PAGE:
With the exception of inns, which were primarily for travelers, and street kitchens...where in Europe at that time could one purchase a meal outside the home?
Another thought to ponder: how military foodservice impacted civilian industry.
"Foodservice organizations in operation in the United States today have become an accepted way of life, and we tend to regard them as relatively recent innovations.
Such tavern-restaurants existed not only in France but also in other countries.
In Germany, Austria, and Alsace, Brauereien and Weinstuben served delicatessen, sauerkraut, and cheese, for example; in Spain bodegas served tapas.
Menus, offering dishes individually portioned, priced and prepared to order, were introduced to the public for the first time. This was the first restaurant in the modern sense of the term." ---Larousse Gastronomiqe, completely revised and updated [Clarkson Potter: New York] 1999 (p. Mathurin Roze de Chantoiseau in Paris, 1766 "According to Spang, the forgotten inventor was Mathurin Roze de Chantoiseau, a figure so perfectly emblematic of his time that he almost seems like an invention himself.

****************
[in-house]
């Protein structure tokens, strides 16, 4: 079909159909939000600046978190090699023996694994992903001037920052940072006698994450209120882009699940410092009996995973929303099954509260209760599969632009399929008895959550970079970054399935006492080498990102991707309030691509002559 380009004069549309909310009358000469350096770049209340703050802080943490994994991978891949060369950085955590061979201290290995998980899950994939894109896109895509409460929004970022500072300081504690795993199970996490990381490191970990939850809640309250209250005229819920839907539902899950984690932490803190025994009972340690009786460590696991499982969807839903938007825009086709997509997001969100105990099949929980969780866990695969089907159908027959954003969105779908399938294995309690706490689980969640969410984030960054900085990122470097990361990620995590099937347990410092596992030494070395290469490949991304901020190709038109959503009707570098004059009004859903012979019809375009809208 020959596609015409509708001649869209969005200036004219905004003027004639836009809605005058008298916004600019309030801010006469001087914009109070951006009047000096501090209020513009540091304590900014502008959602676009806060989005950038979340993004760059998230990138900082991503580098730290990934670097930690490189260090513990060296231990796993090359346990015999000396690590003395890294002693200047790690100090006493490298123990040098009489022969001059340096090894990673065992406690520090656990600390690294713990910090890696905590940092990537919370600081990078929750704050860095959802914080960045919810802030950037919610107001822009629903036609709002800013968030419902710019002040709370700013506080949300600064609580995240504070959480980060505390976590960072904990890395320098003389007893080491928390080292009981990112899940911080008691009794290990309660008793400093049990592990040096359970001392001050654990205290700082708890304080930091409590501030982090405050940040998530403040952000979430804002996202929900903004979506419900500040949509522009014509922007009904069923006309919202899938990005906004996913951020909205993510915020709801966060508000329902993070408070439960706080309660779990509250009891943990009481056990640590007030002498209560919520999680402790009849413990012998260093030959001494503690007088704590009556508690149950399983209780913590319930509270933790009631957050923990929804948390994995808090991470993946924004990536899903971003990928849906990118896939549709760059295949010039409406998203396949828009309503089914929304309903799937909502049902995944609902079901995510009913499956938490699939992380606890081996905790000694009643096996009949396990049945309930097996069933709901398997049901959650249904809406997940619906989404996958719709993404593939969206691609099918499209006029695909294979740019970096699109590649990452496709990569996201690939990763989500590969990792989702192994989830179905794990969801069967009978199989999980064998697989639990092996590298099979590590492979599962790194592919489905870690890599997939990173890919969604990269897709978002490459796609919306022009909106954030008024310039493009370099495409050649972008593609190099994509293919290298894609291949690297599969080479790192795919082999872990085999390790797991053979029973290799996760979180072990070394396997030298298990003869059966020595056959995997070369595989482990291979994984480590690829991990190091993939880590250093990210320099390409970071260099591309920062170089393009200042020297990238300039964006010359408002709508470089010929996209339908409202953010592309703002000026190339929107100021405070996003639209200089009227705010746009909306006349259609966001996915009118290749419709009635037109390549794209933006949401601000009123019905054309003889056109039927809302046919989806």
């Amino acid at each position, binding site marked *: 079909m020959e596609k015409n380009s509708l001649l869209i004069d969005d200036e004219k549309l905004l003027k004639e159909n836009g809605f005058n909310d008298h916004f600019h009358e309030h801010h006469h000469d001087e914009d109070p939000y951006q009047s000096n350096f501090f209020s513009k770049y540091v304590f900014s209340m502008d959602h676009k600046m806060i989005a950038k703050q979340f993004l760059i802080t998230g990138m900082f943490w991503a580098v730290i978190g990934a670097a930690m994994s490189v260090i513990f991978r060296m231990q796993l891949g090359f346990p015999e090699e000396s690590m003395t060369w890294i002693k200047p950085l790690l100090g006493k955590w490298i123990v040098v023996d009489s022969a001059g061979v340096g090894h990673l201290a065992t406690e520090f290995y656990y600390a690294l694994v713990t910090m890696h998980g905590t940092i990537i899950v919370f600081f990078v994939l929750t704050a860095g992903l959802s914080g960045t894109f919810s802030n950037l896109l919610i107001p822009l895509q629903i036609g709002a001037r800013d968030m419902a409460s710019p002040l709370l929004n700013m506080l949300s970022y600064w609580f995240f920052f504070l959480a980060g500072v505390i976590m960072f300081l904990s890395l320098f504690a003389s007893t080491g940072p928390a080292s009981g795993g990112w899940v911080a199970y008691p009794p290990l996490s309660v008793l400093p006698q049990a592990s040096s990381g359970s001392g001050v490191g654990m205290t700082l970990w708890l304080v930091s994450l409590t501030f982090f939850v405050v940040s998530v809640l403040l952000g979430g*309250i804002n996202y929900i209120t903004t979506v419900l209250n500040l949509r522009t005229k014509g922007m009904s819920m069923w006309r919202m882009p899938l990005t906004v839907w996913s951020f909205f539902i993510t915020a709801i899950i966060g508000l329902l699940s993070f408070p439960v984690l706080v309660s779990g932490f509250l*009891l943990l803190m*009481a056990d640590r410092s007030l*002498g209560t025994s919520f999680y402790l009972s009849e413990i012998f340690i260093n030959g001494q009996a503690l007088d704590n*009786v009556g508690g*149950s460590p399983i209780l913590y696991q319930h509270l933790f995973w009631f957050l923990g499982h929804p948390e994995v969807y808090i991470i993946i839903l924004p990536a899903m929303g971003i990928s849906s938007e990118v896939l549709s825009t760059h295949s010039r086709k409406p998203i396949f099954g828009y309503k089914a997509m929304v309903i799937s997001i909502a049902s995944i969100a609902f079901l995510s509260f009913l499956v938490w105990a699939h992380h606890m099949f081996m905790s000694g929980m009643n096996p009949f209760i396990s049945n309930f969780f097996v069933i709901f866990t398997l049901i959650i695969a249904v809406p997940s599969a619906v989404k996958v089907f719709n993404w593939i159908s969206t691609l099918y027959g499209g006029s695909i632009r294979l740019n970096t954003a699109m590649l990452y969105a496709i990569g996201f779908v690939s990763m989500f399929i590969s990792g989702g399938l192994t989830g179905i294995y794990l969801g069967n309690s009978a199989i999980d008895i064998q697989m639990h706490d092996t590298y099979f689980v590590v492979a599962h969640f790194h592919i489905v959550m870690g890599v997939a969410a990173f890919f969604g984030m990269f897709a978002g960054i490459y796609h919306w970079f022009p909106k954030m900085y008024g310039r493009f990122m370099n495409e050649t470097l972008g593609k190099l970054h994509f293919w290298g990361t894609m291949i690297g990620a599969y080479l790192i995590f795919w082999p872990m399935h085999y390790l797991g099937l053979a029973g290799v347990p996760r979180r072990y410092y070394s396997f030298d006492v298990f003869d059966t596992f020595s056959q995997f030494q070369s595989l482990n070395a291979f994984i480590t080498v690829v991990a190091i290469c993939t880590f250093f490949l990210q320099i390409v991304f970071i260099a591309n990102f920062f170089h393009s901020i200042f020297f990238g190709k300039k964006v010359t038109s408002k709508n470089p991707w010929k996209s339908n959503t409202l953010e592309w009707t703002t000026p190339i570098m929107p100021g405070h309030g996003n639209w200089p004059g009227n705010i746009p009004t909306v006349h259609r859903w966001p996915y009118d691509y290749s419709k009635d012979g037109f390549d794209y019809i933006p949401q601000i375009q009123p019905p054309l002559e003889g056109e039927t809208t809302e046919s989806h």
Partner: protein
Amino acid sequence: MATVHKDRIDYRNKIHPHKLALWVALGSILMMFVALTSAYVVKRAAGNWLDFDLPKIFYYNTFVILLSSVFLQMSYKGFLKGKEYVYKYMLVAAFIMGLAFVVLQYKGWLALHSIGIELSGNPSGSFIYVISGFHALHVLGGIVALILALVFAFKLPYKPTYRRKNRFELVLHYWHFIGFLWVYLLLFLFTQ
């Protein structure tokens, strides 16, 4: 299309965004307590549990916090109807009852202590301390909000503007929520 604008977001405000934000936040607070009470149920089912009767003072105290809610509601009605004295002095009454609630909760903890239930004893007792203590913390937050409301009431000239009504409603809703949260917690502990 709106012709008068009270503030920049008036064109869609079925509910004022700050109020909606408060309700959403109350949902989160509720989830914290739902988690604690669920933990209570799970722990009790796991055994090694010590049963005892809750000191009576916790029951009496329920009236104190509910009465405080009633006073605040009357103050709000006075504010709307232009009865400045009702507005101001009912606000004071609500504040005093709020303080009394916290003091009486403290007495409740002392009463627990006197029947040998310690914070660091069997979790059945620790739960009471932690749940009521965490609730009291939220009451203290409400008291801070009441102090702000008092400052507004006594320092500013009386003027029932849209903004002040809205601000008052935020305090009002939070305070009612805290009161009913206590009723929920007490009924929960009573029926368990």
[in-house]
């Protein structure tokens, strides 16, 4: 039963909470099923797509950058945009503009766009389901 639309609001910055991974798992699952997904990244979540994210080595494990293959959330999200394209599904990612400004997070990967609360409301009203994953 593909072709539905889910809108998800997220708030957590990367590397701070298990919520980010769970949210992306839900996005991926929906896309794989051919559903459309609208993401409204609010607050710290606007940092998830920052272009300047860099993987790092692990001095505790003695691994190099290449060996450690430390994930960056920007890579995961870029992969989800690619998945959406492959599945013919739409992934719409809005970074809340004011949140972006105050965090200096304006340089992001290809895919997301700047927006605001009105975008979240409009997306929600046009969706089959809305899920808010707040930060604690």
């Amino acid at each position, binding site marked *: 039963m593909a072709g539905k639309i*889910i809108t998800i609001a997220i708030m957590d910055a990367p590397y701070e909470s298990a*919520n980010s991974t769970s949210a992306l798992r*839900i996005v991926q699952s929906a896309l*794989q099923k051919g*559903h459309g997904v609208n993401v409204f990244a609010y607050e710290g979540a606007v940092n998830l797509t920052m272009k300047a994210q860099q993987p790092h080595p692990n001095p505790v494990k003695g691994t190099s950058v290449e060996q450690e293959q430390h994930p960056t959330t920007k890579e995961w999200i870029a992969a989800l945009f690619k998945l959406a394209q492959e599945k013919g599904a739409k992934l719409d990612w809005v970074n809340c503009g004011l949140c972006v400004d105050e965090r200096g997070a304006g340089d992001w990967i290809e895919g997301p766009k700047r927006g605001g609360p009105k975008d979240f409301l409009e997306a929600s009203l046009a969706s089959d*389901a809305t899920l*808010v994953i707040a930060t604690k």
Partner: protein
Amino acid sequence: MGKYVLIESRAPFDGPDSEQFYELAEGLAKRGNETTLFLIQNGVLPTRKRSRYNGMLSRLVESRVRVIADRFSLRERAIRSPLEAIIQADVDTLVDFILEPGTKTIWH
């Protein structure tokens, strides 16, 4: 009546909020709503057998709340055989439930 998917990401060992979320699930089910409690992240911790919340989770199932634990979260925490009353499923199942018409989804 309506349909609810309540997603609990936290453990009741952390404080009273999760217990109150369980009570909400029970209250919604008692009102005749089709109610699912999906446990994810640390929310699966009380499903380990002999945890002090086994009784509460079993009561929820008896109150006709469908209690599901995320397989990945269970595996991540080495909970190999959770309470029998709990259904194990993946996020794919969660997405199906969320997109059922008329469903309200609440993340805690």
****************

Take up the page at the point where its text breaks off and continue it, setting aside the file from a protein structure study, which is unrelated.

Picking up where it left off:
The son of a landowner and merchant, Roze moved to Paris in the early 1760s and began floating a variety of schemes he believed would enrich him and his country at the same time."
5-6) While public eateries existed in Ancient Rome and Sung Dynasty China, restaurants (we know them today), are generally credited to 18th century France.
The genesis is quite interesting and not at all what most people expect.
The French Revolution launched the modern the restaurant industry.
It relaxed the legal rights of guilds that [since the Middle Ages] were licensed by the king to control specific foods [eg.
Beauvilliers, 1782 "However, the first Parisian restaurant worthy of the name was the one founded by Beauvilliers in 1782 in the Rue de Richelieu, called the Grande Taverne de Londres.